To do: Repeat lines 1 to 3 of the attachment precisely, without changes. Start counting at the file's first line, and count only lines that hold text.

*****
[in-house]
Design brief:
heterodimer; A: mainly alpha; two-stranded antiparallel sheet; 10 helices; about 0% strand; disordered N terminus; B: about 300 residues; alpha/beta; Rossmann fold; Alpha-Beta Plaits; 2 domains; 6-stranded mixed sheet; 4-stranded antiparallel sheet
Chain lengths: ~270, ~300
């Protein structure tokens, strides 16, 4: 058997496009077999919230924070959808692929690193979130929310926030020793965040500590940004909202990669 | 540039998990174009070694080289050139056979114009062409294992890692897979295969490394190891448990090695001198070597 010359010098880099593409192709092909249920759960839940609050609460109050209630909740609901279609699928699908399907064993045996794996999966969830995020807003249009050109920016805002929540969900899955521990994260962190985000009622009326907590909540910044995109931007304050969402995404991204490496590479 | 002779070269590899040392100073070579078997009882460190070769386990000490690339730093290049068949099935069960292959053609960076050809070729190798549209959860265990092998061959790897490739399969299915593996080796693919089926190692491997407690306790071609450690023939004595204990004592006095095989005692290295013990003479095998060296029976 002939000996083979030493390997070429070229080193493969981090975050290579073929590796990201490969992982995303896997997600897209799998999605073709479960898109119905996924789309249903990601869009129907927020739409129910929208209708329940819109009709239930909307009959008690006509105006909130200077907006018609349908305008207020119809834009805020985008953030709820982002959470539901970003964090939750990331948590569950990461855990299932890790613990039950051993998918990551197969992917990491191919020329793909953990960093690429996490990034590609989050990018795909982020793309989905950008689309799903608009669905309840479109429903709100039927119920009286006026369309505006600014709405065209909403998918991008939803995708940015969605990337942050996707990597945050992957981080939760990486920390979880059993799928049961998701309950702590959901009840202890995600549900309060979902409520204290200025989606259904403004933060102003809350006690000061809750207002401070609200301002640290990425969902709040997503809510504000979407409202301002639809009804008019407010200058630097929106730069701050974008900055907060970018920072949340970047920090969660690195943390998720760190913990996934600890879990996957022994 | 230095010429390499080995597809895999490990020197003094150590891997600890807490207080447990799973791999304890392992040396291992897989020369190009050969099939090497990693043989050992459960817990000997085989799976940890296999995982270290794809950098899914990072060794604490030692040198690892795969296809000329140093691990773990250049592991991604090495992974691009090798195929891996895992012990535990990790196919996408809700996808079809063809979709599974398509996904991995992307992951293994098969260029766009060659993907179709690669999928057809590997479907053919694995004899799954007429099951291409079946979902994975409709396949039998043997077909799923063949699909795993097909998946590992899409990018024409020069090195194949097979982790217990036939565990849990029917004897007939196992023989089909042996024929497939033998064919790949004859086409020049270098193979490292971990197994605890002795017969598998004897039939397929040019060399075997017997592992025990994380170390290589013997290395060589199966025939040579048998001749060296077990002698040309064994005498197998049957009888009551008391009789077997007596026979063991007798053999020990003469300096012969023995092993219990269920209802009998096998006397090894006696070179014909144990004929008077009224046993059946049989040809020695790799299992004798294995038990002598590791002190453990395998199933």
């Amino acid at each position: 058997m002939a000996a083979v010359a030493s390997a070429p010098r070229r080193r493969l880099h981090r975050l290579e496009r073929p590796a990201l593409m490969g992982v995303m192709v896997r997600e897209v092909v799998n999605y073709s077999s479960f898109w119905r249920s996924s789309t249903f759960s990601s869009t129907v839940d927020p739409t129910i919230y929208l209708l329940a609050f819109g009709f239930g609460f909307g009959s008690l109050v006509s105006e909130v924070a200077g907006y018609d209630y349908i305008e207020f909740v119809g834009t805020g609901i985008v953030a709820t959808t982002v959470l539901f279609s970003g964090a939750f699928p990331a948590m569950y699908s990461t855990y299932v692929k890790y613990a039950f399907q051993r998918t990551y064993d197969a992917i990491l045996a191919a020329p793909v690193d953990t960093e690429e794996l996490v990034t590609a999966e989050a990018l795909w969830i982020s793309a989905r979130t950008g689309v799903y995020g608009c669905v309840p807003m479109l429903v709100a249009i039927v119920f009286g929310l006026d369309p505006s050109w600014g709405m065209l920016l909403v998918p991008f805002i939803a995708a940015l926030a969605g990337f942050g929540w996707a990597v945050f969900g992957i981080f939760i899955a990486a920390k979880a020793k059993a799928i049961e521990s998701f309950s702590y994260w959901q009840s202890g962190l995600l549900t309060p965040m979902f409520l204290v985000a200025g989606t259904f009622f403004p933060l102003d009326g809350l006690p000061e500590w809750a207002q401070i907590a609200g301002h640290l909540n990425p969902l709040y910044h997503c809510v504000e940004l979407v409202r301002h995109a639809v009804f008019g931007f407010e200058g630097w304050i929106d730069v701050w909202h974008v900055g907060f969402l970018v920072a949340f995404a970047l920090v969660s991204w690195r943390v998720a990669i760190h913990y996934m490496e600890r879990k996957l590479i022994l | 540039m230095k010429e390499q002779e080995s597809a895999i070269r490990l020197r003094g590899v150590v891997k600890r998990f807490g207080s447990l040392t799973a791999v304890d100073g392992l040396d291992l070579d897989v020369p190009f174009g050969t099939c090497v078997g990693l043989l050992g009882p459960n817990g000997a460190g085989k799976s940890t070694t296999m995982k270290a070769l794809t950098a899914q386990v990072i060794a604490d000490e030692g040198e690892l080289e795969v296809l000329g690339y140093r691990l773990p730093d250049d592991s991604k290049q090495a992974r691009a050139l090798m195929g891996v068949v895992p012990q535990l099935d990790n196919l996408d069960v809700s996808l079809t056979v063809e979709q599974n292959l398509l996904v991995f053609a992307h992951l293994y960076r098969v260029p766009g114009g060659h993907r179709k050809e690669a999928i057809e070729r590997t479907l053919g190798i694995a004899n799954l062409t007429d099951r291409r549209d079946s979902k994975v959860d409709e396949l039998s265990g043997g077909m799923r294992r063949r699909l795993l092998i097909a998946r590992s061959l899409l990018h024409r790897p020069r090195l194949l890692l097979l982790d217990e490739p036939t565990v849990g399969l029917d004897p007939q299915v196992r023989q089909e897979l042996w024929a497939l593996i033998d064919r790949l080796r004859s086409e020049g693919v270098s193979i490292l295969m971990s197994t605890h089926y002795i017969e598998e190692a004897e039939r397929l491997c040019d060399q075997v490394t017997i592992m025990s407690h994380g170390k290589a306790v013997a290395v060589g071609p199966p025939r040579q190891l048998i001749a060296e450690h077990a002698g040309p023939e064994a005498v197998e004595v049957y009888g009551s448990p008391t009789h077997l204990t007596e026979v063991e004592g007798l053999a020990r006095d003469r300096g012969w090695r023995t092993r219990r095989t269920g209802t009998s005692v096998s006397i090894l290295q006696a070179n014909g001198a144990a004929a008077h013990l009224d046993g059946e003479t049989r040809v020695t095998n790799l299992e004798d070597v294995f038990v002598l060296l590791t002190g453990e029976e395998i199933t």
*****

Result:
[in-house]
Design brief:
heterodimer; A: mainly alpha; two-stranded antiparallel sheet; 10 helices; about 0% strand; disordered N terminus; B: about 300 residues; alpha/beta; Rossmann fold; Alpha-Beta Plaits; 2 domains; 6-stranded mixed sheet; 4-stranded antiparallel sheet